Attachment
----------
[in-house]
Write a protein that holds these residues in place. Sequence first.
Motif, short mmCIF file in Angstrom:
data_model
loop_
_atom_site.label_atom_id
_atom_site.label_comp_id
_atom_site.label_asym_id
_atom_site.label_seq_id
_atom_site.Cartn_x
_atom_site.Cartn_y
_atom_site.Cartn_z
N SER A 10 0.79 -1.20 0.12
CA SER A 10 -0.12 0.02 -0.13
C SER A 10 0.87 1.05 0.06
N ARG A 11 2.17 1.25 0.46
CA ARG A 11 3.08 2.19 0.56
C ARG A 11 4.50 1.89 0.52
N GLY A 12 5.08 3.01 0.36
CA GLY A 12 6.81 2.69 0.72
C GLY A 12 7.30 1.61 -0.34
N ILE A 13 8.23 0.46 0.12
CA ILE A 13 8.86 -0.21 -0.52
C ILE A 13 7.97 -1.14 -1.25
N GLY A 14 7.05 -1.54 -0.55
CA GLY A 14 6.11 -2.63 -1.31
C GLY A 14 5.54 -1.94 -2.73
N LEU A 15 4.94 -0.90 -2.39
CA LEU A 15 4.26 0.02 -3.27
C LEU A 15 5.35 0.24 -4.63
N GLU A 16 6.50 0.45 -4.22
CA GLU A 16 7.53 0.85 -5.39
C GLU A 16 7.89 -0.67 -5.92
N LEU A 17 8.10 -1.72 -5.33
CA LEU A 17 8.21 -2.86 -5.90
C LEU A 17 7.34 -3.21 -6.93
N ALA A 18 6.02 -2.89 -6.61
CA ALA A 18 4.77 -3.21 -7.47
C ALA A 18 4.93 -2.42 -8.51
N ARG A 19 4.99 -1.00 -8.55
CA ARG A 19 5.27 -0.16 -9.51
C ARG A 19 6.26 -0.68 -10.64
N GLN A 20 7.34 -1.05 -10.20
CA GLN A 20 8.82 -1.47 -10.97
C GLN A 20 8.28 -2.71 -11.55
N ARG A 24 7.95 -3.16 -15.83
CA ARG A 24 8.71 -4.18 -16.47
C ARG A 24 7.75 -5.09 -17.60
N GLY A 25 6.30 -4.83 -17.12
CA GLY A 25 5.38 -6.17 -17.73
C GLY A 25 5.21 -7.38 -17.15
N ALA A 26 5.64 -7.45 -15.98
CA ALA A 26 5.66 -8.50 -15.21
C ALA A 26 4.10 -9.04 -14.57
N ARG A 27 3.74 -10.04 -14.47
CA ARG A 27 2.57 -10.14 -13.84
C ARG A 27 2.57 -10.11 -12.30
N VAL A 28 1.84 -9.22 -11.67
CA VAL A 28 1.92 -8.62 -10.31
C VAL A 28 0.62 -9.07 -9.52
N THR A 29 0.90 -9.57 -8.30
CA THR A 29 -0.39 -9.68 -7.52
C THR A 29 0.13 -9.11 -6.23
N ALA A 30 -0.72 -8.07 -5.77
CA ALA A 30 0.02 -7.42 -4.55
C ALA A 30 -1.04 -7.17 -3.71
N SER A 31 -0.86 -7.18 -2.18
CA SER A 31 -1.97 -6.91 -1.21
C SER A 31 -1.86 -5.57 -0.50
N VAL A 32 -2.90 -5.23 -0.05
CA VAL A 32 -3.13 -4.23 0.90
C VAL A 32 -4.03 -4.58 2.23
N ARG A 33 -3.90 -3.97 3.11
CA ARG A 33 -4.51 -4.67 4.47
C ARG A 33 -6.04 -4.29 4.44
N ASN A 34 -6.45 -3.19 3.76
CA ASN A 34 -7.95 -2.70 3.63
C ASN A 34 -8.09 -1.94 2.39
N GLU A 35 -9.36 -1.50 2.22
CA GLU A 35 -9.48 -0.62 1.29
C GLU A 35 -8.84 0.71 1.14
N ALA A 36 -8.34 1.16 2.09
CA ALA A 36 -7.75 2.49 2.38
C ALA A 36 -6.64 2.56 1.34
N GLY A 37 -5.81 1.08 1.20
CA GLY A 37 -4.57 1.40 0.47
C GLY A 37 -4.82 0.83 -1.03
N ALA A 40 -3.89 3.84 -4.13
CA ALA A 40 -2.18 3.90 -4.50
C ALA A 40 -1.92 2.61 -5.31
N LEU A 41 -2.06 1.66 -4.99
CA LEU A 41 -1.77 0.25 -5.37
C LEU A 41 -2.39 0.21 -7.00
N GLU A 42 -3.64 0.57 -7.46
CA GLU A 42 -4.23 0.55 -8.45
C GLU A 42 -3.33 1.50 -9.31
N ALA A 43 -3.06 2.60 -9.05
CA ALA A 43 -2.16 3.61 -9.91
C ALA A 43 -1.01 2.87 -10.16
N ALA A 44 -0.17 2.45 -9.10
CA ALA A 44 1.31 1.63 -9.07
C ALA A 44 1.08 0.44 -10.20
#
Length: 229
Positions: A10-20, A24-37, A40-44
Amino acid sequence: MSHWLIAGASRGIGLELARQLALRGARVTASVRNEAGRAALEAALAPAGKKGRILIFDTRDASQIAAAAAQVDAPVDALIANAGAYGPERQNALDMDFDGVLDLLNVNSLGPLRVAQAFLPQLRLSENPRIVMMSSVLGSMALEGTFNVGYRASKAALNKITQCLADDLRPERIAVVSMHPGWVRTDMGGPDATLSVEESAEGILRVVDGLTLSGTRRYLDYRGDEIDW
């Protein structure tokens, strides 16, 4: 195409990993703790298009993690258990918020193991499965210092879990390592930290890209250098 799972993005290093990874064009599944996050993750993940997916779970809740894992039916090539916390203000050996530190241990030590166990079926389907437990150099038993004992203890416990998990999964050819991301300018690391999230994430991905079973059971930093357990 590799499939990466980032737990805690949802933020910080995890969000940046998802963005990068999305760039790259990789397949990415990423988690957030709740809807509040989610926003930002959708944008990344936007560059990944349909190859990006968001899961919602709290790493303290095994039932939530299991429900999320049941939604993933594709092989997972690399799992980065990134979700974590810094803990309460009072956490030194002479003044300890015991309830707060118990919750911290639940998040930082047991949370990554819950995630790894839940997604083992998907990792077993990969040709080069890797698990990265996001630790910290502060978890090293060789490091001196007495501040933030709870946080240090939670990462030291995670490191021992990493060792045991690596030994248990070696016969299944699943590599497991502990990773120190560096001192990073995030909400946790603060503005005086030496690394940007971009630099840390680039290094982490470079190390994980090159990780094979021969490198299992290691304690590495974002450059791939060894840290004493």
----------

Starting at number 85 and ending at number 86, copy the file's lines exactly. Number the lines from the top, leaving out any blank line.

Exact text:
N GLY A 37 -5.81 1.08 1.20
CA GLY A 37 -4.57 1.40 0.47